September is hop harvest season. Fresh hops are picked off the bine and dried. The drying makes the perishable wet hop much more stable and useable all year-round. These dried hops are called dried whole hops, and this is the traditional way of handling hops, you just put them whole into the brew kettle. Recently more and more hops are being processed into pellets which makes them even more stable, in fact they can keep their quality properties for a much longer time. At the same time they also take up less space as they are more space efficient, meaning that it takes less to achieve the hopping qualities you need.
Recent years have introduced a new phenomenon: wet hopping (sometimes also referred to as fresh hopping or green hopping). Freshly-harvested wet hops are used directly in the brewing process skipping the drying process. This imparts much stronger, and different, flavour and aroma qualities to the beer than what dried hops would do.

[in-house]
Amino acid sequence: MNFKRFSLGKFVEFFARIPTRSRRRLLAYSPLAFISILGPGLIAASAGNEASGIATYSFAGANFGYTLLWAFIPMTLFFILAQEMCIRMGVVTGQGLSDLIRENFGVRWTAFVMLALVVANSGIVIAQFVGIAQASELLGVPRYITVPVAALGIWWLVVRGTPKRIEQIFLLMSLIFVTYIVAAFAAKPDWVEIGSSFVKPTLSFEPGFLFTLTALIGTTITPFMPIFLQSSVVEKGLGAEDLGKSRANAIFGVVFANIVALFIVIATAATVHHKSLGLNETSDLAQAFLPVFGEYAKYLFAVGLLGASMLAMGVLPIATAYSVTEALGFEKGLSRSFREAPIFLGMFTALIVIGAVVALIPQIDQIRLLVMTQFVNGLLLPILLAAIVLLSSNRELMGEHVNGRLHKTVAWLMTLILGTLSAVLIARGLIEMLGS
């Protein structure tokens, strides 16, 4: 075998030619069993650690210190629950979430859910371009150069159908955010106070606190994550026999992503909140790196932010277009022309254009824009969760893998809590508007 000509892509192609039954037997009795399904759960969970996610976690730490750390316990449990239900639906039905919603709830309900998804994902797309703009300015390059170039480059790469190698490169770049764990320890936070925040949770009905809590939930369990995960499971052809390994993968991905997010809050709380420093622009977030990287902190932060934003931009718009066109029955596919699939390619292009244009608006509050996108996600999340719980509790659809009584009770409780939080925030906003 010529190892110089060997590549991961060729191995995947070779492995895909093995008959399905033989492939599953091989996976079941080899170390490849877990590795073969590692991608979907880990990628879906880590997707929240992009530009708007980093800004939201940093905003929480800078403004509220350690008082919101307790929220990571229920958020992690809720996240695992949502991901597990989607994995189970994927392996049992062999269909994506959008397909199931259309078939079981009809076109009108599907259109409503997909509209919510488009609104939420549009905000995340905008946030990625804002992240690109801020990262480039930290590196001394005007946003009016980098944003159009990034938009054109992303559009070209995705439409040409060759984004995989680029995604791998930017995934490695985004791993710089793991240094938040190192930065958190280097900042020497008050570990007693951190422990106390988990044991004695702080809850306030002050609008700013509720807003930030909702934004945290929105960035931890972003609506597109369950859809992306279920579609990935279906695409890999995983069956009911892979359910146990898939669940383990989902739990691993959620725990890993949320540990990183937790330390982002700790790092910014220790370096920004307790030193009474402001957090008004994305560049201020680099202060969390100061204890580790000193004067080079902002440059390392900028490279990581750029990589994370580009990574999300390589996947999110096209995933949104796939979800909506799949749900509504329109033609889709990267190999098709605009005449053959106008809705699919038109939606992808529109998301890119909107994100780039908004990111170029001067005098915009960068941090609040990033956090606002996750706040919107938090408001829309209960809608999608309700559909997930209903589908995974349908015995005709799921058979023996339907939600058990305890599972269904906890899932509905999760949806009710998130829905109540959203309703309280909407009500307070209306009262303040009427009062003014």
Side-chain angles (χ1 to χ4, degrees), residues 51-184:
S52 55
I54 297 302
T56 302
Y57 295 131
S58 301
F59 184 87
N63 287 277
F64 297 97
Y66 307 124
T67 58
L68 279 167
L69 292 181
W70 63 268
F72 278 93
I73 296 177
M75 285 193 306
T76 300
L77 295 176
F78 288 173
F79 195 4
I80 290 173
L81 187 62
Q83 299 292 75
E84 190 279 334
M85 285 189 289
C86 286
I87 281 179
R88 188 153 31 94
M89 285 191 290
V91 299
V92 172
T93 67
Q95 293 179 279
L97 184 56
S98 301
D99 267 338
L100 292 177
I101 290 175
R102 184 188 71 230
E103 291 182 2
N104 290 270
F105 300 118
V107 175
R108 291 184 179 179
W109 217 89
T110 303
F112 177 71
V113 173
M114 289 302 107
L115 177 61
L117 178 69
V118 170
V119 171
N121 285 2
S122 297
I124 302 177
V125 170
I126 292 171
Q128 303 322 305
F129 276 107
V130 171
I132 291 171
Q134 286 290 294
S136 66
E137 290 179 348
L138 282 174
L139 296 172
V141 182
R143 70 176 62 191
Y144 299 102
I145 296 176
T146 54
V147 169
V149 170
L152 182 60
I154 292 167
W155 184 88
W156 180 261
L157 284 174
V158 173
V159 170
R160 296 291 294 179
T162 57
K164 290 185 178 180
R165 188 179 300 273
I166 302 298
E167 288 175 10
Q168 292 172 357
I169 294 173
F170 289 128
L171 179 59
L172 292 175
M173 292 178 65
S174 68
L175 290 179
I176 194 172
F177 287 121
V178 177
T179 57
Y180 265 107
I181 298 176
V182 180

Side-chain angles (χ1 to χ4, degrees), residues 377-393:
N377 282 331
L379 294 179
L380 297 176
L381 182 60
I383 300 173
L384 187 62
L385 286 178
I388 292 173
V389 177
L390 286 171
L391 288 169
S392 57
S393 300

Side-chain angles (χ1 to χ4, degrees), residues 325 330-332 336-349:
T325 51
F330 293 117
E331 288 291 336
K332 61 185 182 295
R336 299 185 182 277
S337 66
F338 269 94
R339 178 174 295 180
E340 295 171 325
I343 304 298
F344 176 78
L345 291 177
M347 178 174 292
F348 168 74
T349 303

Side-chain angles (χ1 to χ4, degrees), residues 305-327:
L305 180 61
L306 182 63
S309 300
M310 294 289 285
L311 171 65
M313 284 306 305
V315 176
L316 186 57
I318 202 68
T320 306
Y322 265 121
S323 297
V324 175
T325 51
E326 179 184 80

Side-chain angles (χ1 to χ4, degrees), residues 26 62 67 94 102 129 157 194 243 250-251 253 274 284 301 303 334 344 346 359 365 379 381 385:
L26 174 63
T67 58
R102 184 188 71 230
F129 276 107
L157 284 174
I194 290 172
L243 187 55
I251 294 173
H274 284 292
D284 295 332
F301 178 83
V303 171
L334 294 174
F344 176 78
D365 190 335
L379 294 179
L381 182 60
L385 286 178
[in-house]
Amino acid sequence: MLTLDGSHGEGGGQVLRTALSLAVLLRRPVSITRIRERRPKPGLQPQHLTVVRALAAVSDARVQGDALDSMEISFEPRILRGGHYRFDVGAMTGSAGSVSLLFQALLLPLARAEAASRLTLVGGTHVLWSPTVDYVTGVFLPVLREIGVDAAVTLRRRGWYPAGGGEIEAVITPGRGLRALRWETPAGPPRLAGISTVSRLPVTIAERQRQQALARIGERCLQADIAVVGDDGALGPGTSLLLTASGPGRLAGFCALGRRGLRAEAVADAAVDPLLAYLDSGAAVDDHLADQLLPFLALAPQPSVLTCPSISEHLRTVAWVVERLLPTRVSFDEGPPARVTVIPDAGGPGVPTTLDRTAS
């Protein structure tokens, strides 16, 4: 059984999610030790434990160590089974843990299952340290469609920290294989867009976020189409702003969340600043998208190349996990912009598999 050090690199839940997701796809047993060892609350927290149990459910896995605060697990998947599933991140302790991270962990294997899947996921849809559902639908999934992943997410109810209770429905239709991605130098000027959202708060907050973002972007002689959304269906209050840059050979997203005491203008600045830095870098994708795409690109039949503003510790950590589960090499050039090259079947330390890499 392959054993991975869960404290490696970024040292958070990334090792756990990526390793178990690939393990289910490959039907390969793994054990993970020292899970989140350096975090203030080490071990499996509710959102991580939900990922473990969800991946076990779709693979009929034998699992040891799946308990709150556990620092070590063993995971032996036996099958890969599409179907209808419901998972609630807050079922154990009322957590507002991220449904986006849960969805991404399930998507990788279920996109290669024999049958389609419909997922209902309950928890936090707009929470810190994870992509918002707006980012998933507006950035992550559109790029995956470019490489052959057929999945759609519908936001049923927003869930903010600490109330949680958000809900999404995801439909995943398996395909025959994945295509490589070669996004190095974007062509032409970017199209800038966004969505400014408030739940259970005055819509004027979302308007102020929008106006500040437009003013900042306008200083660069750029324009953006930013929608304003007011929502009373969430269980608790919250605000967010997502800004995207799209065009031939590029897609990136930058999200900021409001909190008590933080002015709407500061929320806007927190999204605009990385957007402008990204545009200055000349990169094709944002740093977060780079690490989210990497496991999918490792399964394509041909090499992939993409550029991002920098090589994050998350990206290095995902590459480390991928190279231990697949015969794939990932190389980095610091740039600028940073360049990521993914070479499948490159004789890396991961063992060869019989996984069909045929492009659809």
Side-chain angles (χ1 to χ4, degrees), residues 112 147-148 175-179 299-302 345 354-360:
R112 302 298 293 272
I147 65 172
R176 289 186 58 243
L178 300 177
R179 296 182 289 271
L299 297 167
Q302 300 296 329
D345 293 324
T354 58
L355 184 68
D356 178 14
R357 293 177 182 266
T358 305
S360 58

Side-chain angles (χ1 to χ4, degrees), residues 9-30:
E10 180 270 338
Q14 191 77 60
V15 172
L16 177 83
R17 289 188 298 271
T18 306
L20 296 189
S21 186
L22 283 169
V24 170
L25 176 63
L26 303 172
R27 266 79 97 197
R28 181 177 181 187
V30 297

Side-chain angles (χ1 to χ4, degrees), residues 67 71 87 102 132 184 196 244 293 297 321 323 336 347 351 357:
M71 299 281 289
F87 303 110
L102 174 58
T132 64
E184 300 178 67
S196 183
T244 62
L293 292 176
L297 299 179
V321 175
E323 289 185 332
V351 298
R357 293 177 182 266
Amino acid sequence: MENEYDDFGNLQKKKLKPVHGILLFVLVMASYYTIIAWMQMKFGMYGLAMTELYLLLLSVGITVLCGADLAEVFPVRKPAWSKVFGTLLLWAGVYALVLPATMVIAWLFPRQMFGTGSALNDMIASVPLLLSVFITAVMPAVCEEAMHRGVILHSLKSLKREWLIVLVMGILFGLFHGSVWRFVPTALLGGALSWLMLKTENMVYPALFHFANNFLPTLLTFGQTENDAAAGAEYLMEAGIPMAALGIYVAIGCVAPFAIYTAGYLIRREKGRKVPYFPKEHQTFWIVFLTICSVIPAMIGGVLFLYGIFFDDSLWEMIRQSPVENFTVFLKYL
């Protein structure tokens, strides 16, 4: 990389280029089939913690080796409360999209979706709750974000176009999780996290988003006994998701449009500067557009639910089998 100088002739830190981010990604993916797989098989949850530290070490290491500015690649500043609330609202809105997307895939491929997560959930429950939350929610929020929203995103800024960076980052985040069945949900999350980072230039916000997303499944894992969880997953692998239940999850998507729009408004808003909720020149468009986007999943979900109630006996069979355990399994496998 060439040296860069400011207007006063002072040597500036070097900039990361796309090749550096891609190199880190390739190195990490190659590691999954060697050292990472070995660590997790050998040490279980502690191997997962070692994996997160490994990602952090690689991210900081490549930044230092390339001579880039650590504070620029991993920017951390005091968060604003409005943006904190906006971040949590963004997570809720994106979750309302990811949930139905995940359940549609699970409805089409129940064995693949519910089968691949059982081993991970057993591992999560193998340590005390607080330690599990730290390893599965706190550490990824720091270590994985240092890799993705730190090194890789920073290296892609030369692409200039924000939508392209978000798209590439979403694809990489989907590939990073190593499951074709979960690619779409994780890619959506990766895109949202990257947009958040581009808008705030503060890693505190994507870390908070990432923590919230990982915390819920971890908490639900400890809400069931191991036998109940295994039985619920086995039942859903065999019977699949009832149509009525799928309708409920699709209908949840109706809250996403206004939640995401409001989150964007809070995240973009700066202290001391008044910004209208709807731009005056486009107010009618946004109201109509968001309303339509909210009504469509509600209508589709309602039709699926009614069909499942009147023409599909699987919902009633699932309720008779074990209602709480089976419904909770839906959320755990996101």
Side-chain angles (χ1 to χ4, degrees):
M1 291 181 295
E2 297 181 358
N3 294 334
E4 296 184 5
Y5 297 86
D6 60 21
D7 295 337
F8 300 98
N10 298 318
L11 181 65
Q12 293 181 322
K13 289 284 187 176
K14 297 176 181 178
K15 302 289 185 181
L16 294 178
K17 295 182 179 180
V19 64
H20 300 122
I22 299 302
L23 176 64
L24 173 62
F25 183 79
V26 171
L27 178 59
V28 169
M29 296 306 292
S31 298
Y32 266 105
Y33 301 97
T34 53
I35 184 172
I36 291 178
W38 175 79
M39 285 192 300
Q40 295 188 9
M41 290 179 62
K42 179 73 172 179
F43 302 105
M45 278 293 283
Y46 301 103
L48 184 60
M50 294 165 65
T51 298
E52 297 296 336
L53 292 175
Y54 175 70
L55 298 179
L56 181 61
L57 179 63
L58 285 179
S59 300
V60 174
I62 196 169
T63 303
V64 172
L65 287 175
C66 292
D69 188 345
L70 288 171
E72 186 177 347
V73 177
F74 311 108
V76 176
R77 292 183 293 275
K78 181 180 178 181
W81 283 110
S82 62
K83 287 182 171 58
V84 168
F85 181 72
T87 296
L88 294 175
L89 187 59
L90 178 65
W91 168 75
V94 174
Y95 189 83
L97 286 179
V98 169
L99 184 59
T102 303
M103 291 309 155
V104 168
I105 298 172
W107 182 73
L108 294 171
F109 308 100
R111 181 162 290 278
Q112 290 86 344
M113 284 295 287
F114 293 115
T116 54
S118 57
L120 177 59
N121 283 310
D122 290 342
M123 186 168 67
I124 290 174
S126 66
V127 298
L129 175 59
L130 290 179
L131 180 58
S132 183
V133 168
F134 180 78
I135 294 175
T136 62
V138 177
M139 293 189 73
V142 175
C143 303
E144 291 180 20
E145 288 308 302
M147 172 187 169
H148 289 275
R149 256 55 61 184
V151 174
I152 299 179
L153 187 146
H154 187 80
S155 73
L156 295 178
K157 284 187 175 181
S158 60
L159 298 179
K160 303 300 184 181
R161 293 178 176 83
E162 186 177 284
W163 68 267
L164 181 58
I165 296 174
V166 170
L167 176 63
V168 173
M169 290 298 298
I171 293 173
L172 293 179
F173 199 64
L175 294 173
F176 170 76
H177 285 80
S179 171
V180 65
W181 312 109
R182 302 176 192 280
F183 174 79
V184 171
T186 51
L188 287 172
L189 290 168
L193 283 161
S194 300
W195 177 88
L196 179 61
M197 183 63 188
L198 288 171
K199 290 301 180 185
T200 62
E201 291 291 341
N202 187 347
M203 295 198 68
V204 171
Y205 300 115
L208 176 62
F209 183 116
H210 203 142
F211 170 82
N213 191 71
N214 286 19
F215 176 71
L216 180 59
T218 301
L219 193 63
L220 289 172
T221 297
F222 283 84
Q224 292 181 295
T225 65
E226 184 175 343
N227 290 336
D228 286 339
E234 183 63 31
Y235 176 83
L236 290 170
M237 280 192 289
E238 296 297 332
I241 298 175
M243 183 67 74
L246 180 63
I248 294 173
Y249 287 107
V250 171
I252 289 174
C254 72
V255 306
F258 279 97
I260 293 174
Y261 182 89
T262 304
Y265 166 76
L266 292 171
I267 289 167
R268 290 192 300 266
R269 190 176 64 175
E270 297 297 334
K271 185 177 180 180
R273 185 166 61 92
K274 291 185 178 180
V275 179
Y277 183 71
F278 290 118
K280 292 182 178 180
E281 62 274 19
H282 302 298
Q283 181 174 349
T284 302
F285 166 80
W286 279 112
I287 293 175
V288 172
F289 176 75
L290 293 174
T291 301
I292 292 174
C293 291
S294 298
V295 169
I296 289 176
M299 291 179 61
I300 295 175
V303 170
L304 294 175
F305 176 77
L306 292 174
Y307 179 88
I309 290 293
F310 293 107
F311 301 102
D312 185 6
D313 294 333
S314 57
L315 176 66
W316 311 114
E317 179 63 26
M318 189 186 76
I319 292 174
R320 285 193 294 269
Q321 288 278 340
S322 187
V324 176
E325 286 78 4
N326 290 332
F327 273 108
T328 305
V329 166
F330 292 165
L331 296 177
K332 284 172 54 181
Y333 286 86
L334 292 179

Because wet hops is a perishable product it must be used very shortly after it is picked off the bine. This typically means that the brewers that do make wet hopped beers get shipments overnight from hop harvesters so that they can make their beer the day after. Because of this wet hopped beers is a seasonal product. In many ways this is similar to the beaujolais nouveau only this time for beer.
As far as I can tell this trend started in the hop-growing regions of California and the Pacific Northwest. There are even wet hop festivals! It is indeed a very nice way to celebrate the hop harvest.
I tried to get hold of some hop rhizomes this spring, but soon found that I had started searching for them too late, so I have to wait until next year to make my own wet hopped beer. But if you happen to have a hop plant, consider making a wet hopped beer. Now is the right time, unless you want to wait another year.